An Augusta man was nursing a bullet wound Monday as a reminder that the good guys don't always win.
Christopher Hoops caught a man burglarizing his brother's truck and gave chase, only to be shot when the bandit turned and fired.
Hoops, 23, was treated for a chest wound at an area hospital. Contacted by telephone at his home in the 1100 block of Glenwood Drive later Monday, he said he had a headache and hung up.
Authorities were still searching for the burglar Monday night.
Asked to offer advice on the danger of trying to make a citizen's arrest, Capt. Scott Peebles straddled the fence.
"We tell people to measure their ability against the fact that this person might be armed," said Peebles. "We're not going to tell people to not get involved."
However, Peebles said, in most cases it's best to contact police first.
"You can't take anything for granted. Some of them are armed even though a lot of them are not," he said.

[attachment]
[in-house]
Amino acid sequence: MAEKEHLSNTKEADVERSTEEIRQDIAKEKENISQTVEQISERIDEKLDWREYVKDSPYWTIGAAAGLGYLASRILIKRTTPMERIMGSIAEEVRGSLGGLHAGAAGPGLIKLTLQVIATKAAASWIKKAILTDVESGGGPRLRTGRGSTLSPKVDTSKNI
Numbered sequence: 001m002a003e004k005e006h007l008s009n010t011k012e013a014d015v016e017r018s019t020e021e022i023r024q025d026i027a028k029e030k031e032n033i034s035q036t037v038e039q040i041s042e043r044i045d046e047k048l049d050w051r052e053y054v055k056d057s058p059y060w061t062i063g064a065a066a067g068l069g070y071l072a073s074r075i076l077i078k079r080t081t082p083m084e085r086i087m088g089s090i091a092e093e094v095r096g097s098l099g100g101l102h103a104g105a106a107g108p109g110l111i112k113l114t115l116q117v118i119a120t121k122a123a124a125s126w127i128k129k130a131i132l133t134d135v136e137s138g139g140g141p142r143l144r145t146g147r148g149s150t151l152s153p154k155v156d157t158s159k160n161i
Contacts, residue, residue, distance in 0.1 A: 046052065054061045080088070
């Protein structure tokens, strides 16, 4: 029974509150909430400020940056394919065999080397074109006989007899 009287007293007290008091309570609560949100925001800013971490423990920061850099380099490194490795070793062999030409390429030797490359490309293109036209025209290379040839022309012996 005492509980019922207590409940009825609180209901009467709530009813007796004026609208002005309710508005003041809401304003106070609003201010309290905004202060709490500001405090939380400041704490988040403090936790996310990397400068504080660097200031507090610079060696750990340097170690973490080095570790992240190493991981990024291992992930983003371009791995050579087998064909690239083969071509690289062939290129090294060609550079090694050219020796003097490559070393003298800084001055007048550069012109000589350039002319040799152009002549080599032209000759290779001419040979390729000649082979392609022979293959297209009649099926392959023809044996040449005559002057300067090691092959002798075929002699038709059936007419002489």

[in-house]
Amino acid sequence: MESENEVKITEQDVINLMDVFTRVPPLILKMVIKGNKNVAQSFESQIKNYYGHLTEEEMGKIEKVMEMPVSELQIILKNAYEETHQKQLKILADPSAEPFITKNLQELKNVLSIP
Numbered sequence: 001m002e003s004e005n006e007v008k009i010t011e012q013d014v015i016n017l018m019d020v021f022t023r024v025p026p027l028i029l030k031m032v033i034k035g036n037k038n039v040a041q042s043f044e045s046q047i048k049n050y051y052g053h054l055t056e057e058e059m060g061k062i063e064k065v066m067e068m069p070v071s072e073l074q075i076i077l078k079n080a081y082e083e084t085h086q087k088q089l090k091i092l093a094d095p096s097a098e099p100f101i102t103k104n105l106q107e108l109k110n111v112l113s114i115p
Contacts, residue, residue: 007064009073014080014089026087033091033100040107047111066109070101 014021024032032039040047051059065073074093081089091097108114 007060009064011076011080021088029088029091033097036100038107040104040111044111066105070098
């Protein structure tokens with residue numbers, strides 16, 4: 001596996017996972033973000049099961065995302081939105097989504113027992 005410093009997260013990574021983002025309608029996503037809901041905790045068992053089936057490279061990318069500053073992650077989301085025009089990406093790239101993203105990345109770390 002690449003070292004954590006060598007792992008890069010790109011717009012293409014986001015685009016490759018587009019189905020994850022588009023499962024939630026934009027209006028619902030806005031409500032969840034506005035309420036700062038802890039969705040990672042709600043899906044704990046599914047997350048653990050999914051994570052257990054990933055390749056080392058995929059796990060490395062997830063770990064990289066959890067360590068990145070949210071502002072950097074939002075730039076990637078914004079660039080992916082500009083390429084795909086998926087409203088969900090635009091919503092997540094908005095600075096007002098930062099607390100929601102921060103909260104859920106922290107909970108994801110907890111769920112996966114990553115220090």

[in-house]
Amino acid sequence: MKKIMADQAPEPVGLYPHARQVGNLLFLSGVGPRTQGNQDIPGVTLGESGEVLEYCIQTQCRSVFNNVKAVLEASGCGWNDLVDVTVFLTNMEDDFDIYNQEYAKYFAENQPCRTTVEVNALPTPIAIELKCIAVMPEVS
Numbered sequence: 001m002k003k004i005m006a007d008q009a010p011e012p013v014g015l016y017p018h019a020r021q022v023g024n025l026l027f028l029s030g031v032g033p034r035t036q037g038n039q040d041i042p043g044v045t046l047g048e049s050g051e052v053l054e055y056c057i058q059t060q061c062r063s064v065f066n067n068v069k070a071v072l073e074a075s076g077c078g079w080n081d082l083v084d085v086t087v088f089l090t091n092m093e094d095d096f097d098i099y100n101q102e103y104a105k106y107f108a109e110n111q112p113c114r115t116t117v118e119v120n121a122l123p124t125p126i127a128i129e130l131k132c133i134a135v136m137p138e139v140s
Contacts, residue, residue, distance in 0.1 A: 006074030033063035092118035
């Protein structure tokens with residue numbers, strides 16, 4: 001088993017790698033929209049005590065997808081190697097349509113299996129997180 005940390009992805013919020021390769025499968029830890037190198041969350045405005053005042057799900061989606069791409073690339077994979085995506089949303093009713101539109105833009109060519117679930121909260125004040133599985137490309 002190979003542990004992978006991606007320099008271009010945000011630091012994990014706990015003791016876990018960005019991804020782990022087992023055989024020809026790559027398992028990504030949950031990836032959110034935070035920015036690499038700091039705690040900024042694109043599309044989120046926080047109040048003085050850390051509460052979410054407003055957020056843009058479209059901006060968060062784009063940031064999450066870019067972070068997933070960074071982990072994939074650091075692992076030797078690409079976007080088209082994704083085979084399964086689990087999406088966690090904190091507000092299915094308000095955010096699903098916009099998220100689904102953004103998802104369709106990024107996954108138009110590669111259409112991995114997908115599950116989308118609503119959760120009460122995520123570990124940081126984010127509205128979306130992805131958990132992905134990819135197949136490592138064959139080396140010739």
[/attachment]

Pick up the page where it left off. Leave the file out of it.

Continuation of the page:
Typically, the younger the burglars, the more likely they're armed, Peebles said.
Twice this summer, Richmond County residents shot burglars they caught in the act.
On Aug. 15, 19-year-old Milo Frederick Hayes III was shot after a resident said he saw Hayes breaking into a truck in the 2000 block of Westfield Drive, according to an incident report.
Brete Gunby chased Hayes for nearly 100 feet, with Hayes throwing an ice scraper and calculator at Gunby in his attempt to get away.
When Hayes reached into his pocket for the third time, Gunby fired, striking him in the abdomen. Hayes spent almost a month in a hospital before he was released, and immediately arrested, on Sept. 7. Since then, he has posted bail.
Gunby was not charged, Sgt. Dan Carrier confirmed.
On Aug. 20, Judge Carlisle Overstreet shot and killed a man who broke into his Summerville home.
Despite those well-publicized cases, Peebles said he hasn't seen an increase in burglars carrying guns.